Skip to main content

Assassination and Targeted Killing: Law Enforcement, Execution or Self-Defence?

Buy Article:

$51.00 plus tax (Refund Policy)

Abstract:

abstract 

During the current round of fighting in the Middle East, Israel has provoked considerable controversy as it turned to targeted killings or assassination to battle militants. While assassination has met with disfavour among traditional observers, commentators have, more recently, sought to justify targeted killings with an appeal to both self-defence and law enforcement. While each paradigm allows the use of lethal force, they are fundamentally incompatible, the former stipulating moral innocence and the latter demanding the presumption of criminal guilt. Putting aside the paradigm of law enforcement which demands due process and forbids extra-judicial execution, the only possible avenue for justifying named killings lies in self-defence. While named killings might be defensible on the grounds that there are no other ways to disable combatants when they fight without uniforms, the costs, including the cost of targeted killing emerging as an acceptable convention in its own right, should be sufficient to view the practice with a good deal of caution.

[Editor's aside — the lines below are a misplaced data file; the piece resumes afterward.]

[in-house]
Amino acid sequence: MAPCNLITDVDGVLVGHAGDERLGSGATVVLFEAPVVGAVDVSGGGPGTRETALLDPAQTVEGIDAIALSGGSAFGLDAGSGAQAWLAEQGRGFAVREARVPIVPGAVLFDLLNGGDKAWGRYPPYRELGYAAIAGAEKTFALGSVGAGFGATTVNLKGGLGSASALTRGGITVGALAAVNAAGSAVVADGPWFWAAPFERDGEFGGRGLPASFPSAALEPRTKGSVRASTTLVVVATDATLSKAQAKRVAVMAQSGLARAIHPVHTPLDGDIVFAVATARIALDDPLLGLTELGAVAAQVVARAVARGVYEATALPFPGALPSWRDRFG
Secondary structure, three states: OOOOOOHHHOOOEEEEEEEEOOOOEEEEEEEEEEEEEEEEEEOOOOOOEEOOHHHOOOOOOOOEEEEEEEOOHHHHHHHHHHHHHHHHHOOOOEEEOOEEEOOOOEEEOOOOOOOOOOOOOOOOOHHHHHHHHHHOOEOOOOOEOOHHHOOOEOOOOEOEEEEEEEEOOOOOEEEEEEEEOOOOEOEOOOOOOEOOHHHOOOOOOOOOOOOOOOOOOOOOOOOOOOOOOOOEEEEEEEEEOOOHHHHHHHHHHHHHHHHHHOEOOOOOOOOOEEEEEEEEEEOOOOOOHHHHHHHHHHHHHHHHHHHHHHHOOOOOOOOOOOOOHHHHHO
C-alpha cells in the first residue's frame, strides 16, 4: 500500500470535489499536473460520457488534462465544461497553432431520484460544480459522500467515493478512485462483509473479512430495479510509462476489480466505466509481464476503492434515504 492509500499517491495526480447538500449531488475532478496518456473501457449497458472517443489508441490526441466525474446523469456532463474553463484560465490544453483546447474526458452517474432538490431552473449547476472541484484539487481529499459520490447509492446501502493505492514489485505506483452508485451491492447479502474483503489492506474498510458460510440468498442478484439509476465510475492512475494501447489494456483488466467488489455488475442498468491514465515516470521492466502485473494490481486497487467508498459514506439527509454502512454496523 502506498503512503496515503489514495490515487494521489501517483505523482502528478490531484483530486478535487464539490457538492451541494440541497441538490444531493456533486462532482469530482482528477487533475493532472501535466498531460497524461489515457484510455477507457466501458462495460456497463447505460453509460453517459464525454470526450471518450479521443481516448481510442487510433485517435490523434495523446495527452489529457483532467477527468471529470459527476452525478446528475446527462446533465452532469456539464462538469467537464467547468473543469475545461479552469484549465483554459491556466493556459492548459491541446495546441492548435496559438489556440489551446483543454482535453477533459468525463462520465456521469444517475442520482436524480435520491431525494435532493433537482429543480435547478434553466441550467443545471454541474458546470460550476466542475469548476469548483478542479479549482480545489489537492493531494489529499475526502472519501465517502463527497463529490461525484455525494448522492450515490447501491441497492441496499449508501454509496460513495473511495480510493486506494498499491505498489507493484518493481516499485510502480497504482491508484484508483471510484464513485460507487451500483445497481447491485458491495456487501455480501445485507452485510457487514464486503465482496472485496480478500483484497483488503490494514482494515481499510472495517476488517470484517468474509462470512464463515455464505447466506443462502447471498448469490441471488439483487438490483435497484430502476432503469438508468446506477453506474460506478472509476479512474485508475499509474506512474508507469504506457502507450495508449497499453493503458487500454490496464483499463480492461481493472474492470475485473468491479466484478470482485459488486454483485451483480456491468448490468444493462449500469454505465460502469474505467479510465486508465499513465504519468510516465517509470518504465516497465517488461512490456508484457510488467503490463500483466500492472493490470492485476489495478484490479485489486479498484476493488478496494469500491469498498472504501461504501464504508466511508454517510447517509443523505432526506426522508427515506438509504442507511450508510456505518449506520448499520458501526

Document Type: Research Article

DOI: http://dx.doi.org/10.1111/j.1468-5930.2006.00347.x

Affiliations: Department of International Relations, The University of Haifa, Mount Carmel, Haifa 31905, Israel.

Publication date: August 1, 2006

bpl/japp/2006/00000023/00000003/art00008
dcterms_title,dcterms_description,pub_keyword
6
5
20
40
5

Access Key

Free Content
Free content
New Content
New content
Open Access Content
Open access content
Subscribed Content
Subscribed content
Free Trial Content
Free trial content
Cookie Policy
X
Cookie Policy
ingentaconnect website makes use of cookies so as to keep track of data that you have filled in. I am Happy with this Find out more